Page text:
I left Gnome after installing Fedora 15, where Gnome3 became the default. It is unusable without hardware graphics acceleration, and I ran it from virtual machines and VNC, and so hardware acceleration was not available. It was the best thing that has happened to me in a long time. It is as if I rediscovered my love of Unix. I have moved to xmonad and largely left my mouse behind, and now I am way more efficient. That is when it hit me, with Linux nobody is really in control telling you how you have to do things (I'm looking at you Steve Jobs, RIP), so people are free to experiment with new use-models. Microsoft and Apple have to build an environment for novices, but with xmonad I have found an alternative environment that provides real productivity, and all I have to do is invest a little time learning it, which is a great trade-ff for me, and one that is simply not available from Microsoft or Apple. Clearly Gnome wants to be the Linux environment for novices, and I appreciate that. I just wish it would be a bit more of a team player. It would be good if Gnome would make it easier for people to grow out of it. For example, it would be good if it provided command line alternatives to its utilities (nm) and also made it easy to determine the name of the command line equivalent. Now it seems as if Gnome is written by people that cannot conceive of someone not wanting to use Gnome, and that is its problem. Oh, and their infatuation with the Apple 'lowest-common denominator' philosophy is just nuts, and not in the spirit of the Unix tradition. You get the impression that they simply want to be the open-source version of Apple's OS. They should set their sites higher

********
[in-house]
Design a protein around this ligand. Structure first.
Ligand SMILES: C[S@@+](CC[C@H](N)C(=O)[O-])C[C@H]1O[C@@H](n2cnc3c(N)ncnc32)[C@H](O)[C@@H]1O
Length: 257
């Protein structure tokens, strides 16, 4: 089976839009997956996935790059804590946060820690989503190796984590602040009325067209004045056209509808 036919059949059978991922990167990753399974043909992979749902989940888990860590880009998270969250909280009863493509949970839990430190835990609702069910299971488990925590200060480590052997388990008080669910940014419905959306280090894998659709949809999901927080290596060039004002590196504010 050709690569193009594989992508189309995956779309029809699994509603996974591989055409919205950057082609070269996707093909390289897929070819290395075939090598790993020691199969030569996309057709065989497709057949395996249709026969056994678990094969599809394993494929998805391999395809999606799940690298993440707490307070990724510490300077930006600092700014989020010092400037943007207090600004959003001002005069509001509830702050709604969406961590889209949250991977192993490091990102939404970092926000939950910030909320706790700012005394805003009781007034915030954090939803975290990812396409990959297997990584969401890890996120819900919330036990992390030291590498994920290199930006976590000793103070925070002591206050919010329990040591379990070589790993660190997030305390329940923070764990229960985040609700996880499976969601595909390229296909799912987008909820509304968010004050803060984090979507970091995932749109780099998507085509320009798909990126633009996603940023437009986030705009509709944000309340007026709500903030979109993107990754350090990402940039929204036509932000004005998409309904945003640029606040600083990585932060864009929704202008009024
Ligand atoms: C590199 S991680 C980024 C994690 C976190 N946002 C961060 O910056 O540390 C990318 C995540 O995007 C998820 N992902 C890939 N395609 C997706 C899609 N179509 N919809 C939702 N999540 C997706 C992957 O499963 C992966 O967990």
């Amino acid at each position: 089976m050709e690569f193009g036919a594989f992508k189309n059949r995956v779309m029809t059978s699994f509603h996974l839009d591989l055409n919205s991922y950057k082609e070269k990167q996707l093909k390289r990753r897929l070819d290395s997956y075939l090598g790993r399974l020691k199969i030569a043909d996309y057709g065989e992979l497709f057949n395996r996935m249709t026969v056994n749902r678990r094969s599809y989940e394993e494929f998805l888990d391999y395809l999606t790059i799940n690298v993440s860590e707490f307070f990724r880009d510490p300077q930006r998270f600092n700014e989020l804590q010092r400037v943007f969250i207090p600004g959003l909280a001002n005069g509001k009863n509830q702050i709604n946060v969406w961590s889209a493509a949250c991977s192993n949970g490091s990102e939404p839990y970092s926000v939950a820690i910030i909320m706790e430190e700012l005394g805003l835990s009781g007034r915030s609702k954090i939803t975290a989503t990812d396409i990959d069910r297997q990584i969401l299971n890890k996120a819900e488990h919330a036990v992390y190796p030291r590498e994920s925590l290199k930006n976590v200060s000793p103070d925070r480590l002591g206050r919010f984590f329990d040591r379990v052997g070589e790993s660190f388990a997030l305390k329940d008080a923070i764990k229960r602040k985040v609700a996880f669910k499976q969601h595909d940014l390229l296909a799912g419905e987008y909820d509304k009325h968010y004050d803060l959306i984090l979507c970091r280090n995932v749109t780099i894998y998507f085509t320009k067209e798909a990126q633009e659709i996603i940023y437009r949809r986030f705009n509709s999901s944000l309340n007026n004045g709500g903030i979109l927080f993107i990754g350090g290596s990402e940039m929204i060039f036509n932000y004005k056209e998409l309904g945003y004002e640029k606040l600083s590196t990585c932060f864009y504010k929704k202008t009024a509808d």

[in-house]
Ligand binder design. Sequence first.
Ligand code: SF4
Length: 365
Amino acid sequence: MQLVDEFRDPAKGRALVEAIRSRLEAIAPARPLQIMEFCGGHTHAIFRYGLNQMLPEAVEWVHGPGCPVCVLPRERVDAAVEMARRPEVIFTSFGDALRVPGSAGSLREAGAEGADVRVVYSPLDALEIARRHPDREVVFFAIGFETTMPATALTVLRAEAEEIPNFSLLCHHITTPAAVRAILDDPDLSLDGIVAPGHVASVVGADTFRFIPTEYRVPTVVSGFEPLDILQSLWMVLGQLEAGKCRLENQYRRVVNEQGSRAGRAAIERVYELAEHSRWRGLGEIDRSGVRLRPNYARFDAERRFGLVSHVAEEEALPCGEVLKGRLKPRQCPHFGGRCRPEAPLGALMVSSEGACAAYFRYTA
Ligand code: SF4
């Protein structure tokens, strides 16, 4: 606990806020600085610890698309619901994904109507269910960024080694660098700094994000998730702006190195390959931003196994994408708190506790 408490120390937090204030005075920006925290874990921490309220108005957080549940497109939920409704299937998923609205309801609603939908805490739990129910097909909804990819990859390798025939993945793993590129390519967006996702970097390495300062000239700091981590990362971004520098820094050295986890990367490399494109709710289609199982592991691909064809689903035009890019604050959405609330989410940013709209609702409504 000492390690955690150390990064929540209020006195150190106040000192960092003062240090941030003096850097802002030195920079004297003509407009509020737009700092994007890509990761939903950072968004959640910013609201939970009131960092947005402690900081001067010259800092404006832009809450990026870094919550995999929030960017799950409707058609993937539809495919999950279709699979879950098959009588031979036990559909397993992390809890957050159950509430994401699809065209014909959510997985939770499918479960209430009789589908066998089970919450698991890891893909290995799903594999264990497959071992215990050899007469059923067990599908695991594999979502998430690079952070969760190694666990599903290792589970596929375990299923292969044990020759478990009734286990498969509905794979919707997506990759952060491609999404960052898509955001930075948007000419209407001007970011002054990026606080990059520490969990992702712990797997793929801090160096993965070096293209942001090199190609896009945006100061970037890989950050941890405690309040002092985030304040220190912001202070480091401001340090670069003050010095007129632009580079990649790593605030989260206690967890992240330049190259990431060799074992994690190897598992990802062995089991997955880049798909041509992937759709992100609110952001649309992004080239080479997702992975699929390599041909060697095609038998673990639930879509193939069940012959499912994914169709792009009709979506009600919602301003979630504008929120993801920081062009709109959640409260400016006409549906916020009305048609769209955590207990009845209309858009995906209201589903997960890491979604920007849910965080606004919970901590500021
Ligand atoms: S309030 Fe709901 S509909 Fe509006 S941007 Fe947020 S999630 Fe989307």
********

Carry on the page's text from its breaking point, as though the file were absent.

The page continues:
Vis said...

I left Gnome after installing Fedora 15, where Gnome3 became the default. It is unusable without hardware graphics acceleration, and I ran it from virtual machines and VNC, and so hardware acceleration was not available. It was the best thing that has happened to me in a long time. It is as if I rediscovered my love of Unix. I have moved to xmonad and largely left my mouse behind, and now I am way more efficient. That is when it hit me, with Linux nobody is really in control telling you how you have to do things (I'm looking at you Steve Jobs, RIP), so people are free to experiment with new use-models. Microsoft and Apple have to build an environment for novices, but with xmonad I have found an alternative environment that provides real productivity, and all I have to do is invest a little time learning it, which is a great trade-ff for me, and one that is simply not available from Microsoft or Apple. Clearly Gnome wants to be the Linux environment for novices, and I appreciate that. I just wish it would be a bit more of a team player. It would be good if Gnome would make it easier for people to grow out of it. For example, it would be good if it provided command line alternatives to its utilities (nm) and also made it easy to determine the name of the command line equivalent. Now it seems as if Gnome is written by people that cannot conceive of someone not wanting to use Gnome, and that is its problem. Oh, and their infatuation with the Apple 'lowest-common denominator' philosophy is just nuts, and not in the spirit of the Unix tradition. You get the impression that they simply want to be the open-source version of Apple's OS. They should set their sites higher.